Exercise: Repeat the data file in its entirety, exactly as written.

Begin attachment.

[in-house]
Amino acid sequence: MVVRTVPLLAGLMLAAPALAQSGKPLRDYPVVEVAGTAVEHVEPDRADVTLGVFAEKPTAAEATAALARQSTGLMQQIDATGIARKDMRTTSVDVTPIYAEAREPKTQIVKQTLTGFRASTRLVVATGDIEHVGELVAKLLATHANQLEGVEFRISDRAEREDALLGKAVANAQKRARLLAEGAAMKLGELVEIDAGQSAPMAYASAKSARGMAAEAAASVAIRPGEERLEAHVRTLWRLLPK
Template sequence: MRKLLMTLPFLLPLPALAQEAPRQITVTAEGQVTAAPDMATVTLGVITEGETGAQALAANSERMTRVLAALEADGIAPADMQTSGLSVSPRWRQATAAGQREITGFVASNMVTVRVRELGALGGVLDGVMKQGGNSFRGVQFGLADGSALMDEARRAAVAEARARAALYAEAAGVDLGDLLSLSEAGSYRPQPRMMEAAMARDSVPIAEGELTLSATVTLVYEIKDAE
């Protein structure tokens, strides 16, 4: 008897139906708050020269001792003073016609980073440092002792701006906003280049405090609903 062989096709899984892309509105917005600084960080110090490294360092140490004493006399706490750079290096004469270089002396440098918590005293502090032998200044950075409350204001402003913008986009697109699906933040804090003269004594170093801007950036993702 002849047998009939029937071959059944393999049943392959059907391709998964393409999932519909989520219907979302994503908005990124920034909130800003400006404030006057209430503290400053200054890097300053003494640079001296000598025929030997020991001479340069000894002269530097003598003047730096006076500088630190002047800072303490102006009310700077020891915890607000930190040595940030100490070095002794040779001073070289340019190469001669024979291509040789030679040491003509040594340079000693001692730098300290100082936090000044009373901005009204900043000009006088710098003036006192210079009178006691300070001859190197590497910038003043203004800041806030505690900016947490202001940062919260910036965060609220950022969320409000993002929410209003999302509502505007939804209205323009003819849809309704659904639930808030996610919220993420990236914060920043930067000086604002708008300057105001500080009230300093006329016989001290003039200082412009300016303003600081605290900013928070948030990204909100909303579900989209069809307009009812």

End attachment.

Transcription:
[in-house]
Amino acid sequence: MVVRTVPLLAGLMLAAPALAQSGKPLRDYPVVEVAGTAVEHVEPDRADVTLGVFAEKPTAAEATAALARQSTGLMQQIDATGIARKDMRTTSVDVTPIYAEAREPKTQIVKQTLTGFRASTRLVVATGDIEHVGELVAKLLATHANQLEGVEFRISDRAEREDALLGKAVANAQKRARLLAEGAAMKLGELVEIDAGQSAPMAYASAKSARGMAAEAAASVAIRPGEERLEAHVRTLWRLLPK
Template sequence: MRKLLMTLPFLLPLPALAQEAPRQITVTAEGQVTAAPDMATVTLGVITEGETGAQALAANSERMTRVLAALEADGIAPADMQTSGLSVSPRWRQATAAGQREITGFVASNMVTVRVRELGALGGVLDGVMKQGGNSFRGVQFGLADGSALMDEARRAAVAEARARAALYAEAAGVDLGDLLSLSEAGSYRPQPRMMEAAMARDSVPIAEGELTLSATVTLVYEIKDAE
């Protein structure tokens, strides 16, 4: 008897139906708050020269001792003073016609980073440092002792701006906003280049405090609903 062989096709899984892309509105917005600084960080110090490294360092140490004493006399706490750079290096004469270089002396440098918590005293502090032998200044950075409350204001402003913008986009697109699906933040804090003269004594170093801007950036993702 002849047998009939029937071959059944393999049943392959059907391709998964393409999932519909989520219907979302994503908005990124920034909130800003400006404030006057209430503290400053200054890097300053003494640079001296000598025929030997020991001479340069000894002269530097003598003047730096006076500088630190002047800072303490102006009310700077020891915890607000930190040595940030100490070095002794040779001073070289340019190469001669024979291509040789030679040491003509040594340079000693001692730098300290100082936090000044009373901005009204900043000009006088710098003036006192210079009178006691300070001859190197590497910038003043203004800041806030505690900016947490202001940062919260910036965060609220950022969320409000993002929410209003999302509502505007939804209205323009003819849809309704659904639930808030996610919220993420990236914060920043930067000086604002708008300057105001500080009230300093006329016989001290003039200082412009300016303003600081605290900013928070948030990204909100909303579900989209069809307009009812």